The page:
Head Coach Greg Schiano said on Wednesday that the Buccaneers will look to get LeGarrette Blount more involved moving forward as a boost to a running game that has underperformed the past two weeks. This particular weekend, there’s another personnel issue that could affect the Buccaneers’ ground attack, and it’s on the other side of the line of scrimmage.
For the second week in a row, the Buccaneers will face a team that employs a 3-4 defensive front; that is, the Redskins start with three down-linemen and four linebackers, with the outside linebackers often involved in the pass-rush. That presents a different sort of challenge for a Buccaneers offensive front that only occasionally is exposed to the 3-4.
The Bucs have been running a 4-3 defense since 1991, and thus that is the default that offensive players see in practice. In addition, the other teams in Tampa Bay’s division (Atlanta, Carolina, New Orleans), who they face twice a year, are all 4-3 clubs. The 3-4 defense is quite a bit more popular in the NFL than it was, say, a decade ago, but it’s still something different for which the Bucs have to prepare.
According to Pro Bowl guard Carl Nicks, the Bucs could have handled the 3-4 better last Sunday in Dallas. Nicks says the coaches installed blocking schemes to counter the 3-4 but the players didn’t always execute them properly. He thinks that will change this Sunday against Washington.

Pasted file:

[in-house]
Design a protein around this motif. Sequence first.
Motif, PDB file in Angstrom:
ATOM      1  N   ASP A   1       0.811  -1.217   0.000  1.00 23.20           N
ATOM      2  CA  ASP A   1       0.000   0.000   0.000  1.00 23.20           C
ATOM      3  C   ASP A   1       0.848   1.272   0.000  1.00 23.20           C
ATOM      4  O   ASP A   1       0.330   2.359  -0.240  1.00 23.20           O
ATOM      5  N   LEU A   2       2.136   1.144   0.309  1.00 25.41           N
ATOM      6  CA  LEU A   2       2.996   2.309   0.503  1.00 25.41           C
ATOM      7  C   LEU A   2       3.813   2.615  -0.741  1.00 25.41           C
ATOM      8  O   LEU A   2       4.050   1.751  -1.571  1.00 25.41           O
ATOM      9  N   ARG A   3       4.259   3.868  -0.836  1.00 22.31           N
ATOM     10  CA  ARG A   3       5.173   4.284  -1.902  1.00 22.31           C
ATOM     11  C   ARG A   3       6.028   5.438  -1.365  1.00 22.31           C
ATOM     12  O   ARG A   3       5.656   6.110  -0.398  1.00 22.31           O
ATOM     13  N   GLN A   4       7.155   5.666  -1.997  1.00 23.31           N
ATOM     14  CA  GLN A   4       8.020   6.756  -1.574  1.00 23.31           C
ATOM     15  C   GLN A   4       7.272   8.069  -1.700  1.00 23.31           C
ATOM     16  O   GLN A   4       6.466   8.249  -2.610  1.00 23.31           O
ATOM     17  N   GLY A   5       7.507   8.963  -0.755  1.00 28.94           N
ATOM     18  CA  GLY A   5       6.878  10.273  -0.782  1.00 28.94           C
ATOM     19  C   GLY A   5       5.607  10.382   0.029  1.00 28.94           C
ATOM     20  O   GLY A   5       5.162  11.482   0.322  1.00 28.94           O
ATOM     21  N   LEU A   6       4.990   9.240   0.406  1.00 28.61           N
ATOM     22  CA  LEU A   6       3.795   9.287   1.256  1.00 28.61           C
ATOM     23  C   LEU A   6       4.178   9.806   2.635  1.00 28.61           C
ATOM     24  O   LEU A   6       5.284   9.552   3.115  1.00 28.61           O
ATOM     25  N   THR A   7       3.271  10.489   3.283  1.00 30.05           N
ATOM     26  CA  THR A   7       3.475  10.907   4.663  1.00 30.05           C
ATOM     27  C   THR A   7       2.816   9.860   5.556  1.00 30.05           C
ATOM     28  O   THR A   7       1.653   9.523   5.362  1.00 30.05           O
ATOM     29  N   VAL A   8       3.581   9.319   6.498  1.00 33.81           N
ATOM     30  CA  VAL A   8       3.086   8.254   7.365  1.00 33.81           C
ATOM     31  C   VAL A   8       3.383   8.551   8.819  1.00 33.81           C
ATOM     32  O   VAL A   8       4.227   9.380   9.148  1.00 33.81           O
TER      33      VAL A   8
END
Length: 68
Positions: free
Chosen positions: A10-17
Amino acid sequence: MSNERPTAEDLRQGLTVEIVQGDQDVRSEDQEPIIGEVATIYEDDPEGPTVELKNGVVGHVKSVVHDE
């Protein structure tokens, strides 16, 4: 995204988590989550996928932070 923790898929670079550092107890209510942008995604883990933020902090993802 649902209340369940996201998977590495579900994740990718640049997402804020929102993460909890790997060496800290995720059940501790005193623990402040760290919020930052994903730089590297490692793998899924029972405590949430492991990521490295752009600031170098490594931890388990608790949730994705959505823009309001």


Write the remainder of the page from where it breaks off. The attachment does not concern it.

“We’ve got to fine-tune it,” said Nicks. “We played 4-3 teams, 4-3 teams, then we got a 3-4 team and we were kind of guessing out there and not doing our assignments, not really knowing our assignments. This week we’re paying another 3-4 team, obviously, and I think we did a much better job of practicing and getting our assignments down [on Wednesday].
“At the end of the day, it has to come down to blocking because that’s what drives a running game. We’ve got a blocking scheme – do what you’re supposed to do, and we’re not doing that.”
The stats regarding a matchup with the Redskins are mixed. Washington ranks 30th in the NFL in yards allowed and 29th in points allowed; however, they are ninth in rushing defensive specifically, having allowed 92 yards per game so far.
“I’ll tell you what, these guys are going to crowd the box,” said Schiano. “It is going to be upstream now trying to run the football. We’re going to really have to be perfect in order to gain yardage running the ball.”